3) Time and Location: The time of the day and the location (if available) are important parts of information denoting the context of the patient that can be used in various ways. For example, the identification of a patient’s location could be helpful for his/her safety in cases of emergency. Thus, by aggregating subjective (i.e., patient provided through status logging) and objective (i.e., alerts generated through sensing devices) elements of information, a detailed view of the health status may be provided for the patients. This approach is considered of particular significance for effective personalized health service delivery.

Social sharing

Patients are able to share the diverse recorded elements of their personal health information through structured messages with their networked community, consisting of friends and relatives, caregivers, health professionals, and other patients. This information sharing enables the patients to obtain feedback or help (subject to their condition), receive emotional support, etc.
The proposed system’s social networking functionality is realized by utilizing external Web-based micro blogging services offered by Twitter. Moreover, Twitter offers some interesting features, e.g., the easy discovery of messages of interest and the construction of user lists, constituting additional factors for its adoption in our implementation as an enabling technology for the social sharing part of the system.


Chronic conditions closely related to lifestyles are the major cause of disability and death in the developed world. Behavior change is the key to managing well-being and preventing and managing chronic diseases. Wellness diary (WD) is a mobile application designed to support citizens in learning about their behavior, and both making and maintaining behavior changes. WD has been found acceptable, useful, and suitable for long-term use as a part of an intervention.
A health information system, Patients Like Me, designed specifically for patients to use themselves and in cooperation with other patients with the same disease. In this system, patients report their relevant health information, which is presented as coherent graphical displays on their profile. Member profiles are posted where other members can have access to them, providing a basis for passive information sharing and active dialogue among patients.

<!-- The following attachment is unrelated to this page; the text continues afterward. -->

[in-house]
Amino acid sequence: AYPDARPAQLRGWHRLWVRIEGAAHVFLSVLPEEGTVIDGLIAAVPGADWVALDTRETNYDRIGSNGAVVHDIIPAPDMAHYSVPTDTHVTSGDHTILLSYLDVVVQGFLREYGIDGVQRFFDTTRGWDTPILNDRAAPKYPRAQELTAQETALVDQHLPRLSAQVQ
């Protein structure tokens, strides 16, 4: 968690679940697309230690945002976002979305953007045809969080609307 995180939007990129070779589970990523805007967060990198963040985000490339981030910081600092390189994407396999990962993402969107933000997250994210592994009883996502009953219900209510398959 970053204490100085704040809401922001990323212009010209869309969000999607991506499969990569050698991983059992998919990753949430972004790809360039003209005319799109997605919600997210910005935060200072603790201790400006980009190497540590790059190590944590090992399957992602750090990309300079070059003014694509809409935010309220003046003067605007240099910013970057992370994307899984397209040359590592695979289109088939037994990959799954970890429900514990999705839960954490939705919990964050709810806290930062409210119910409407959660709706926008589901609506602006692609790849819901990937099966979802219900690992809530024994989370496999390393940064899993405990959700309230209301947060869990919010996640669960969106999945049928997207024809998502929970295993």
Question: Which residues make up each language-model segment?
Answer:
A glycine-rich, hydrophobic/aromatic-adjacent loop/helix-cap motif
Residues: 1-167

Patient self-management is often considered as an important prerequisite towards effective healthcare. This viewpoint has recently been demonstrated by the introduction and adoption of approaches and tools, such as the Personal Health Record (PHR). In the current work, the design of a mobile personal health system for logging information corresponding to the patient status and sharing it within social networks is presented. This “anytime-anywhere” information sharing may be valuable to senders (i.e. patients) and receivers (e.g. relatives, healthcare professionals, similar patients, etc.) in terms of emotional support, mutual understanding, sharing of experiences, seeking of advice and improved self-tracking. A prototype is implemented on a mobile device illustrating the feasibility and applicability of the presented work by adopting unobtrusive health monitoring with a wearable multi-sensing device, a Service Oriented Architecture (SOA) for handling communication issues, and popular micro-blogging services.


The system constitutes a paradigm for accomplishing effective and user-accepted patient selfmanagement through an integrative approach, elaborating on both objective and subjective information capturing and its sharing. The system is primarily targeting at patients willing to play a more active role in managing their disease. Now identified functional specifications and defined system architecture for realizing such a system. At the current stage, the prototype implementation constitutes a technical proofof- concept concerning the feasibility and applicability of the proposed approach. It is important to remark that our development was based on existing, affordable/accessible solutions, i.e., a Smartphone, a commercially available multi sensing wearable device, and a widespread social networking platform, all selected as enabling technologies according to our design specifications.